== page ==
403 forbidden: causes and solutions

A 403 forbidden error is an error code that is often displayed on websites. If you get an error code this is of course very frustrating. At first glance, the 403 forbidden error code seems like a serious error code because your website or page is simply not visible. Still, this error code is relatively easy to fix. How? You can read it in this article.

403 forbidden: what does it mean?

Let’s start at the beginning and see what the 403 error code means. The 403 error code is an HTTP status code that your web browser receives after contacting the web server. Normally, if your website is working properly, the webpage will have a status code of 200. So your website will not work properly if you see the 403 forbidden message. The 403 forbidden error falls into the category ‘4xx – Client Error’, which also includes the more well-known 404 error, for example. All 4xx HTTP error codes are responses from your web server informing the client that the request could not be processed successfully. So the reason you get the 403 message is because your server knows what to do, but can’t perform it for unknown reasons.

403 forbidden causes

There can be several causes of the 403 forbidden error. The most common causes are:

  • A missing index.html or index.php file
  • Wrong permissions on files or folders
  • An error in the .htaccess or Nginx configuration
  • Plugins that are corrupt or incompatible

Thus, depending on your web host, CMS and settings you’ve set yourself, there are therefore several causes of the 403 message. In some cases, a 403 forbidden message is a conscious choice. This is the case, for example, if you or the administrator of a website do not want to display certain images publicly. If your website does not have an index.html or an index.php file, your server will search for these files, in vain.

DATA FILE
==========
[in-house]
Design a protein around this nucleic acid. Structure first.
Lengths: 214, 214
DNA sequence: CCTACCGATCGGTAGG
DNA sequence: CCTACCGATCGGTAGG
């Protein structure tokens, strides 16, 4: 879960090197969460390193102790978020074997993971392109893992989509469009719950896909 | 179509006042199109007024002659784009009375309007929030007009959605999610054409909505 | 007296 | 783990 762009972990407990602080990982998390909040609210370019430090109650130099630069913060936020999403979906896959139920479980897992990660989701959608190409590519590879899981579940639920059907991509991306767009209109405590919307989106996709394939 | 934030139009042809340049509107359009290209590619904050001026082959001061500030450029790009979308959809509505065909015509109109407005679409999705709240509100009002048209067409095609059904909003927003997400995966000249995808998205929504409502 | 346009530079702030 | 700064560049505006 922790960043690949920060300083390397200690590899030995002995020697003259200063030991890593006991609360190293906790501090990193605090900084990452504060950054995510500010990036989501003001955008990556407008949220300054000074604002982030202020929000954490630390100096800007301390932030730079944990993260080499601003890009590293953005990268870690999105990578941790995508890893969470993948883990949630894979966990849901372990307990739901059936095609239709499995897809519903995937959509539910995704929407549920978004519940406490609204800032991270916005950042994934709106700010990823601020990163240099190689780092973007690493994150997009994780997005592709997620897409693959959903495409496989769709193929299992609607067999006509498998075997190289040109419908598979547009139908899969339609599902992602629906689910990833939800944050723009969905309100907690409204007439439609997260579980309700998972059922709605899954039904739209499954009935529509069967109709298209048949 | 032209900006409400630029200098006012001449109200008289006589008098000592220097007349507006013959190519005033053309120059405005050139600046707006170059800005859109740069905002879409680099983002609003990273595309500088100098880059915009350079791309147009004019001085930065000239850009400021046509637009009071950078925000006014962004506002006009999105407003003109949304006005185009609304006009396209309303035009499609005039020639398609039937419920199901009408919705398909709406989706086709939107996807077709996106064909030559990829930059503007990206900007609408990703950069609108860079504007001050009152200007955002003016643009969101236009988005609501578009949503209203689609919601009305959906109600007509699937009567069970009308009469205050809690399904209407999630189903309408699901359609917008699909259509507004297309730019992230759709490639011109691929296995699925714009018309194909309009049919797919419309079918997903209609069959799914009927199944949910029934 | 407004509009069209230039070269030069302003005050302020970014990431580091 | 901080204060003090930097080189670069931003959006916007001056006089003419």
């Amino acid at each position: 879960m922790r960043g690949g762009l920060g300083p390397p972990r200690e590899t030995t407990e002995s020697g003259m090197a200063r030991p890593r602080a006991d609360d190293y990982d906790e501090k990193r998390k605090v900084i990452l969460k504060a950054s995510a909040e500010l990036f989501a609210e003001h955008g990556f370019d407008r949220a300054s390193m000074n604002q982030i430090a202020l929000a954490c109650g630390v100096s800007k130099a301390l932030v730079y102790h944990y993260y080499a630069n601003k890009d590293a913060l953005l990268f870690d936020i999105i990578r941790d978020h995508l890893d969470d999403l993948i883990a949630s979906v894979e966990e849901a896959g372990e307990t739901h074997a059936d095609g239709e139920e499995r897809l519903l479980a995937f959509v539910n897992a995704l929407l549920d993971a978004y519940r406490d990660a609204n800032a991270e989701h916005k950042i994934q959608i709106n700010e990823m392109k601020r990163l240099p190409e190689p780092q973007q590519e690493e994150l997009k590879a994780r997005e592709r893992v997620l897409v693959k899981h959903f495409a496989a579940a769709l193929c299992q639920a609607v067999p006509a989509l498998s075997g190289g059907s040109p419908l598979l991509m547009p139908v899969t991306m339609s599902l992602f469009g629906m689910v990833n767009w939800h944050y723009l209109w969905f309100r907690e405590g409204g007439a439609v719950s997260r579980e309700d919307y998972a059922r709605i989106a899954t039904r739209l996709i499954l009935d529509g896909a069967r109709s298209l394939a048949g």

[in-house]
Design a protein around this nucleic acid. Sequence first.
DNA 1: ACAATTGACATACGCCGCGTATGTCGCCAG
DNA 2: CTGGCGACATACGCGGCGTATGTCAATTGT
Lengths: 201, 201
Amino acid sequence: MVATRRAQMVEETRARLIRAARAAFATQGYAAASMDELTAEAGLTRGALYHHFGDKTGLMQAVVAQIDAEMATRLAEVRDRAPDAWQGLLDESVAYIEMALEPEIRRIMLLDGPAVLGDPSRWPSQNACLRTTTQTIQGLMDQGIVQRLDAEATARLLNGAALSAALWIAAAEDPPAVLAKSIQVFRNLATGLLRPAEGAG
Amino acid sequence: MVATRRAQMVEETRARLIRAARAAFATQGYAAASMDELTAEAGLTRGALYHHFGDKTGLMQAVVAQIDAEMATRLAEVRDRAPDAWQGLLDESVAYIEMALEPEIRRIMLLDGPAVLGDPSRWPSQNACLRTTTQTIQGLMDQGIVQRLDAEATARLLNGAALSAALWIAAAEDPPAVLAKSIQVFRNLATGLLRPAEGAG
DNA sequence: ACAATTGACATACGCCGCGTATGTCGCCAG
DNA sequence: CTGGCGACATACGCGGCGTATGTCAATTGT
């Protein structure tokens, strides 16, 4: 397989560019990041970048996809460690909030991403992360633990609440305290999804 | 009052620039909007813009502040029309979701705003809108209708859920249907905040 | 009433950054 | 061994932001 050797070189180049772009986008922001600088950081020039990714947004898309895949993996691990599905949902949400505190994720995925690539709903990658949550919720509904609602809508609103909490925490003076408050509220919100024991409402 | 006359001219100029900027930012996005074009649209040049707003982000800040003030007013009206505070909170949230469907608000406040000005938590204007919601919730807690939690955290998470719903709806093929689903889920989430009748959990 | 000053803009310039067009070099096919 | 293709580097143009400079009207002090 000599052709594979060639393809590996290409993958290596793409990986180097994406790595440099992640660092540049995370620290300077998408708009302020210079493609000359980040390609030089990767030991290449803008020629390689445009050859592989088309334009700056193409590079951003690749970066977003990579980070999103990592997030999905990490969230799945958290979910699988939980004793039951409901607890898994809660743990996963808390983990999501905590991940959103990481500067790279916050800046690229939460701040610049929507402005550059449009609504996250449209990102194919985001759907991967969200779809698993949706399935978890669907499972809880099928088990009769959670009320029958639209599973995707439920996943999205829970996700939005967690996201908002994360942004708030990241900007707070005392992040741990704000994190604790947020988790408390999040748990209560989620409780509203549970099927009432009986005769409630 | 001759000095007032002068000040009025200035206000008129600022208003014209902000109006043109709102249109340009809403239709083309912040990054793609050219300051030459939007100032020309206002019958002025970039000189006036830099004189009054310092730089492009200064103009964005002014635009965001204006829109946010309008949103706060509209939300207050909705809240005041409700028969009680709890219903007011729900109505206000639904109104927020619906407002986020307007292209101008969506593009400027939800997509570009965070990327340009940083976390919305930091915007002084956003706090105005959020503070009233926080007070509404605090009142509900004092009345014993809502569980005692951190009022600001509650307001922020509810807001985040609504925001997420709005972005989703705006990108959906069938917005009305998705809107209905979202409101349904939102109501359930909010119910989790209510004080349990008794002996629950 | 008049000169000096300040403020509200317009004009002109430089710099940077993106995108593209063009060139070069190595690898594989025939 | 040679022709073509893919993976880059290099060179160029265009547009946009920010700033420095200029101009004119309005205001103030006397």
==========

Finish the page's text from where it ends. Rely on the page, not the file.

It is also possible that the file has been named incorrectly: as these file names are case sensitive. So be careful about this. Another possible cause of, for example, the ‘403 forbidden access is denied’ message are incorrectly set permissions on a folder or file.

In case you didn’t know yet: every folder and file on the server has its own file permissions. This indicates whether others are allowed to read, write or output this data. The permissions are shown as three numbers:

Through a program such as Filezilla you can access the files on the web server and view the file permissions by right-clicking on a file or folder and then clicking on “file permissions” at the bottom. The screen you see above will open. Here you can change the permissions of the file. If you click on or off, you will see that the three digits change automatically.

Another cause of the 403 error message is a corrupt or erroneous .htaccess. This is only possible if your web host runs on Apache, for example. If your web host is running Nginx you will not have a .htaccess file, then Nginx configurations will be used. An .htaccess file is a directory-level configuration file that contains certain instructions. These instructions specify how the incoming traffic to your website is handled. Because this file can contain a lot of code/text, things often go wrong here. Wrong settings or lines of ‘code’ then override the 403 forbidden error message.

In exceptional cases, malfunctioning plugins/extensions may cause the 403 error. This is a common cause of this problem, especially with WordPress websites that are often crammed with plugins.

403 forbidden solutions

A missing index.html or index.php file

The solution is actually simple: create an index.html or index.php file (make sure it does not contain capital letters) and put it in the mapdomains/domein.nl/public_html via the file manager at your web host or for example via Filezilla. If you have an existing index file, make a backup of it just to be sure. Should something go wrong with changing, deleting or adding your index.html/index.php file, you always have a backup.